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Waste Heat to Electricity Breakthrough

Northwestern University boosts material’s ability to transform heat into current by refining it on three size scales

3 min read
photo of light bulb giving off flame
Photo: iStockphoto

19 September 2012—When utilities burn fossil fuels to produce electricity, roughly two-thirds of the energy in the feedstock is lost as waste heat. As far back as the preparation for the first moon landing, researchers have been working to efficiently convert waste heat into electrical energy. But so far, the conversion efficiency of thermoelectric materials has been way too low to yield a commercially viable device. This week, however, researchers at Northwestern University, in Evanston, Ill., report in Nature that they have smashed through the old efficiency record, and they claim that further improvement to efficiencies previously thought impossible are within reach.

Materials scientists have long known that in order to improve the performance of a thermoelectric material, they must inhibit its thermal conductivity. For decades they were able to reach but not surpass the long-standing figure of 1 ZT. (ZT, the figure of merit for thermoelectric energy conversion, refers in this case to the amount of electricity generated for a given amount of thermal energy applied.) They did so by replacing certain atoms in the thermoelectric materials’ crystal lattice. This doping created enough atomic-scale disorder to disrupt the movement of phonons, the waves that carry thermal energy.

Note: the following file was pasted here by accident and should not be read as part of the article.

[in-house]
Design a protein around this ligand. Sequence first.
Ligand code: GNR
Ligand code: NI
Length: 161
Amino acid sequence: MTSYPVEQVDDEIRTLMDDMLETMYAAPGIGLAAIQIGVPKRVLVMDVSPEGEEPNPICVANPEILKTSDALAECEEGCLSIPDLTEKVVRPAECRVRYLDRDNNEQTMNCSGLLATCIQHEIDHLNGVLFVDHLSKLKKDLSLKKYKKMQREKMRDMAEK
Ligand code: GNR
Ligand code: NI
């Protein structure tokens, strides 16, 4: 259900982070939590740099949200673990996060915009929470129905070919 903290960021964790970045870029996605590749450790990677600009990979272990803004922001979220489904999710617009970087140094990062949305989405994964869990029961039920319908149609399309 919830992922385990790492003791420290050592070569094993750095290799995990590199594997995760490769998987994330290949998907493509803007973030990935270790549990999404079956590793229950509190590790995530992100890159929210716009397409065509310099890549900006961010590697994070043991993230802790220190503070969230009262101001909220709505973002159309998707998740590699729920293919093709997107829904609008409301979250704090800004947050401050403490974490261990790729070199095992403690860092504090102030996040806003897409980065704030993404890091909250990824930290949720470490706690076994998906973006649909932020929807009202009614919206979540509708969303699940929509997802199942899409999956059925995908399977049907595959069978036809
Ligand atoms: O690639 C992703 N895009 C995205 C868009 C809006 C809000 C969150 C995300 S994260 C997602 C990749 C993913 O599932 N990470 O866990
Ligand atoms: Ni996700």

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The Transistor at 75

The past, present, and future of the modern world’s most important invention

2 min read
A photo of a birthday cake with 75 written on it.
Lisa Sheehan
LightGreen

Seventy-five years is a long time. It’s so long that most of us don’t remember a time before the transistor, and long enough for many engineers to have devoted entire careers to its use and development. In honor of this most important of technological achievements, this issue’s package of articles explores the transistor’s historical journey and potential future.

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